Revenue comes from three main streams: Earned income (program fees, interest earned in various accounts), Grants from government and corporations for specific services rendered, and then Donations from individuals. When we’re describing fundraising activities, we’re usually talking about the latter: Our efforts to acquire donations whether through an annual appeal or for a special project or a pledge to a special event.

When I work with a client on a Development Plan, we start with a focus on current donors, acquiring new donors, and building a program of effective special events. We can encompass the Grant effort, and also work on Earned income, but usually my effort with staff and development volunteers is focused on donated income. How do we engage donors? What are the marketing approaches we should apply in this work? Starting with these fundamental building blocks will get the effort moving in the right direction.

Further, the Development Plan takes into consideration how work on events and work on annual appeal sometimes dovetail. Because there can be potential annual appeal donors in our events; and there can be people who want to participate in our events who give to our campaign. So we should find ways to explore this. And social media may be useful tools (Facebook in particular) to help bridge these activities.

Time spent in formulating a smart Development Plan will help key stakeholders in your nonprofit get their work into sharper focus. Particularly if the plan clearly connects with your nonprofit mission.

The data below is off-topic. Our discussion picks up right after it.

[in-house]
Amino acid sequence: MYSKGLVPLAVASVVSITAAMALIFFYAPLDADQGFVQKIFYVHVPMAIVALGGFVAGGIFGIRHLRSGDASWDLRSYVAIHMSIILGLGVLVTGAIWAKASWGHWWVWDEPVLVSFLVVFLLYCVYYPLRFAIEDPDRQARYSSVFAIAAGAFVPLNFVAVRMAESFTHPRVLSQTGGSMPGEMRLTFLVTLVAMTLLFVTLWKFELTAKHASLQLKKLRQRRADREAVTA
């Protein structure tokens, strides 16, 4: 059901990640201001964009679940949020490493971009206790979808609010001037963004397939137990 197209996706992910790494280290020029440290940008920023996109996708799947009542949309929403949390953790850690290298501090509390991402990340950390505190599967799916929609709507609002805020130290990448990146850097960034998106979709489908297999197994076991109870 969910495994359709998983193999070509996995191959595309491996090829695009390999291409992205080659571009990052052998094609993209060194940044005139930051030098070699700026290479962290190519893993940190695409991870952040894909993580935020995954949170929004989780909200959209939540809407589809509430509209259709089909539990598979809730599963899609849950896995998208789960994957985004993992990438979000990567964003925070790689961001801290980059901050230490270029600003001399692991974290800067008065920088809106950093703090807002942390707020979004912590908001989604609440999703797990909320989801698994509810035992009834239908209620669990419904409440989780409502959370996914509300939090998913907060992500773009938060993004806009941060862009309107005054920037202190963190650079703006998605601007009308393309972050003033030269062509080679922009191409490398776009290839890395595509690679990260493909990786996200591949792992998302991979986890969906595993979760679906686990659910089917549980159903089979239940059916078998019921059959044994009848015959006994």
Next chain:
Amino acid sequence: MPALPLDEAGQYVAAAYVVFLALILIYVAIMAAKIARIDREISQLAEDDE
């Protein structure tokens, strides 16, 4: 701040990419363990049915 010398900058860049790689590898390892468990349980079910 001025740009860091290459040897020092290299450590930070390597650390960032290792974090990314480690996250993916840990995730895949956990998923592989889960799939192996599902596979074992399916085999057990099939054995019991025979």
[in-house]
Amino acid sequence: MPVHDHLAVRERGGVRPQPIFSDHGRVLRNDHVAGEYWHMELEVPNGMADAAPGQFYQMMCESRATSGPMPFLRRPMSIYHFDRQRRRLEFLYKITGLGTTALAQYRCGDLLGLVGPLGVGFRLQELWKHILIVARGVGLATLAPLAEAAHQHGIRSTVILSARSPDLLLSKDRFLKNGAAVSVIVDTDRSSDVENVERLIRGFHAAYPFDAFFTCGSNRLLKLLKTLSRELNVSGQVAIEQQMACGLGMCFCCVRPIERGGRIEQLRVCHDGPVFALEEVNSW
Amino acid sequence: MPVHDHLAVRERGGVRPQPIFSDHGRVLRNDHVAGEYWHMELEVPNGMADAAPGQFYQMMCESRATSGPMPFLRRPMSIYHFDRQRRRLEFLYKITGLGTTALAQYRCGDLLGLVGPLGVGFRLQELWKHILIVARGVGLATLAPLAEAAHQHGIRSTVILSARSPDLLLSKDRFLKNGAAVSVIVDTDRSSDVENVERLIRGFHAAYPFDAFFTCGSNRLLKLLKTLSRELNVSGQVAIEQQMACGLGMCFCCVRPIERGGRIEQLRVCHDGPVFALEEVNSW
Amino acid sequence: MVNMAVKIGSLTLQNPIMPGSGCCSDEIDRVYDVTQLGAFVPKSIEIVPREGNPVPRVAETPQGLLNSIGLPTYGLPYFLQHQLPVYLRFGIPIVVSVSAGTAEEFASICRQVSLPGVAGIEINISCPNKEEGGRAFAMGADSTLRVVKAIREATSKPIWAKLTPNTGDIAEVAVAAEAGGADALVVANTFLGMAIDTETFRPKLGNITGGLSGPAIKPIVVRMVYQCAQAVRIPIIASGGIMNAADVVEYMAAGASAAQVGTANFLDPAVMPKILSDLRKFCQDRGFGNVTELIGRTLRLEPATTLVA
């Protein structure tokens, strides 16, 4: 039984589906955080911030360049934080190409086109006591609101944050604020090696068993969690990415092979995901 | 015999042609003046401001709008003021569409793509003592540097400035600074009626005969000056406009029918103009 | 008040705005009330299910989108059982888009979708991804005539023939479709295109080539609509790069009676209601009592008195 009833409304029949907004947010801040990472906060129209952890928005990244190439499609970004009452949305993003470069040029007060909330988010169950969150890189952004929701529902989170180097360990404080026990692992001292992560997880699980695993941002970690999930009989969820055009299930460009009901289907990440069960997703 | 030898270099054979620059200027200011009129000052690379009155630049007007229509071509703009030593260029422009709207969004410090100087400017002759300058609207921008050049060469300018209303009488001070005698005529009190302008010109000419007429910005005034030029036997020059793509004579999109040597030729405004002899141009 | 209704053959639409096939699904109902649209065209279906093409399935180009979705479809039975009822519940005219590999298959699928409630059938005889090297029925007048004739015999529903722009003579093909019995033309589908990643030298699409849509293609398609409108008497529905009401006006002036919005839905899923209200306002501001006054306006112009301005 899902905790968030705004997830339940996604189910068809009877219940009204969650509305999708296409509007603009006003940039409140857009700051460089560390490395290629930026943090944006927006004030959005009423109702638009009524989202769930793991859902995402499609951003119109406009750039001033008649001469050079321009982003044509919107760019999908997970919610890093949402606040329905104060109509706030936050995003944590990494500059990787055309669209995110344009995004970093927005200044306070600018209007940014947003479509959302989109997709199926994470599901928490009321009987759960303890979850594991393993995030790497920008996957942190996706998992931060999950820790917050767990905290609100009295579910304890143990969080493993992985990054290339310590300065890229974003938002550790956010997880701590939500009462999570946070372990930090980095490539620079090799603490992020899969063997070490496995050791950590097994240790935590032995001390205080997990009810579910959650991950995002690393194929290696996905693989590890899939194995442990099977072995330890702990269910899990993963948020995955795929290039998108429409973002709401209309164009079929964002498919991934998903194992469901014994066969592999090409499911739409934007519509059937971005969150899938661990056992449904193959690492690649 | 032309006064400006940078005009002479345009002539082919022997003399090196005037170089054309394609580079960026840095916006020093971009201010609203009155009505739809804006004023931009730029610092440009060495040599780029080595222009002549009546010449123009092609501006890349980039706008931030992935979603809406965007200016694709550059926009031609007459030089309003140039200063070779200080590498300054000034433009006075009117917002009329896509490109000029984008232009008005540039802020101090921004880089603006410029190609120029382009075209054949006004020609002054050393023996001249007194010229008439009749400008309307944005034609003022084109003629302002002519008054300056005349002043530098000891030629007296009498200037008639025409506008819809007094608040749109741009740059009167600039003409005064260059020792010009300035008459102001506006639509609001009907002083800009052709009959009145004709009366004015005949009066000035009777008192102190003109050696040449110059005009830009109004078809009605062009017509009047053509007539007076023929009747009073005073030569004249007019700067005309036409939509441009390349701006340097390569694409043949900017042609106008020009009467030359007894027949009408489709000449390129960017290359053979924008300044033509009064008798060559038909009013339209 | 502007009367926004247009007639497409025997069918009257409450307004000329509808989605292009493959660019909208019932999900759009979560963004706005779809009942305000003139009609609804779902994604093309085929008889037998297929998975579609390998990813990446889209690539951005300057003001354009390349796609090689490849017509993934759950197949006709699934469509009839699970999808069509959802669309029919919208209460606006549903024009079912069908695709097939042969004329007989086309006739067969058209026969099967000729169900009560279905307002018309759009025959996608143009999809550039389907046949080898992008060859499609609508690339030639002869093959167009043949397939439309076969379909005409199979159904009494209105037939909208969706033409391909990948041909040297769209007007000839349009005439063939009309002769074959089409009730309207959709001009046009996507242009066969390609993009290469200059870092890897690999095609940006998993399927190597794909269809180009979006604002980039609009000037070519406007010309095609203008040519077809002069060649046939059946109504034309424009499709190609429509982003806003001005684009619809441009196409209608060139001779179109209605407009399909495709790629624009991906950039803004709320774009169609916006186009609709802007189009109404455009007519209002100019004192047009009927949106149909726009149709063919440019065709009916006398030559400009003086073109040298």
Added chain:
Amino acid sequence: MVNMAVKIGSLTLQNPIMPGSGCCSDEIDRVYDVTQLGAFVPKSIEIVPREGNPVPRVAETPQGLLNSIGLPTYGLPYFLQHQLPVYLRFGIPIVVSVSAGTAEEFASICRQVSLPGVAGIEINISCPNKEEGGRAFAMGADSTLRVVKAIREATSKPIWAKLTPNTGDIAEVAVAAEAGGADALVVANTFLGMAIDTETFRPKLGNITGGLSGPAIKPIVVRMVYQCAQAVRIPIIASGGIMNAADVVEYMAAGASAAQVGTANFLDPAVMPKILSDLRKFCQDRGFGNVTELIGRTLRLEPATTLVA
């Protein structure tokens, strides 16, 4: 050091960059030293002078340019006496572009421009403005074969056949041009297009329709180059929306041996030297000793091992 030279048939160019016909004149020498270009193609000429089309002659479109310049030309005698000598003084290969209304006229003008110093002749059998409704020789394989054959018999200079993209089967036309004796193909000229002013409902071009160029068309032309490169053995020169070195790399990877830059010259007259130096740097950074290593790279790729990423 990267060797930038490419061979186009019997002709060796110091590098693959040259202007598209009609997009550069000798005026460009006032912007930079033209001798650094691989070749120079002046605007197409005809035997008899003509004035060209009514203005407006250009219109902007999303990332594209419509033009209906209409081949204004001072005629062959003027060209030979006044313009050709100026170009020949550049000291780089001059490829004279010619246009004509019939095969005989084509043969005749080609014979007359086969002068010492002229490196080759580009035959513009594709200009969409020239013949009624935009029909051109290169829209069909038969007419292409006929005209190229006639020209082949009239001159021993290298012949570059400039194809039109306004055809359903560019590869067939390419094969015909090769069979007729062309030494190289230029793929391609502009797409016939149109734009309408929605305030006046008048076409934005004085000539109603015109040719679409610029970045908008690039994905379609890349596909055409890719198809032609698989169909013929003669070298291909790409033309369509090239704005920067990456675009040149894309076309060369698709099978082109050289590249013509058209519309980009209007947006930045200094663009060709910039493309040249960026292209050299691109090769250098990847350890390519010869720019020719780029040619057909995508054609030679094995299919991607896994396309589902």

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Strategic Board Meetings: Leaders in Focus

Nonprofit boards struggle with quorum issues, which usually is an indicator of an energy deficit issue.
Board members want to feel that their time is used productively.
Do they look forward to board meetings with eager anticipation? Or with foreboding?

You can get your board meetings on a more productive track by taking a few steps that will inject a bit of energy into the process:
– Assure that each discussion item links to your strategic plan. How does it connect to where you’re going? If it doesn’t, why do you need to discuss it?
– Assure that each item you’re discussing leads to something the board will need to act on. Or if not act on, that it ties to a policy of the nonprofit that’s clearly in the purview of the board and comes under the auspices of the board.
– Executive, officer, and committee reports all should be submitted in writing a week prior to the board meeting so members have ample time to read them and bring any questions to the meeting. Member time should not be wasted by having members read reports that should have been read in advance of the meeting.
– Allow time for what Chait, Ryan, and Taylor call ‘Generative Discussion.” I recommend that this be conversation time. Not Roberts Rules of Order time. When a member can come with data on a trend related to one of your strategic goals, present to the board and there can be some thoughtful and fun discussion about what’s happening in the world that may be impacting your community and what you may need to do in the future to prepare for it. This can be very stimulating. Not recommended every meeting. But a good “charge the batteries” opportunity for the board.
The assumption should be that everyone’s time is too valuable to waste.
Meetings are held only when board action is essential.
Meetings start on time and only extend overtime with permission of those present.

Check out The Board Chair’s Handbook from Board Source:
Check out The Board Chair’s Handbook from Board Source.

Gayle Gifford’s blog post A Meeting Menu for the Board Chair on her website Cause & Effect

Make your meetings Strategic!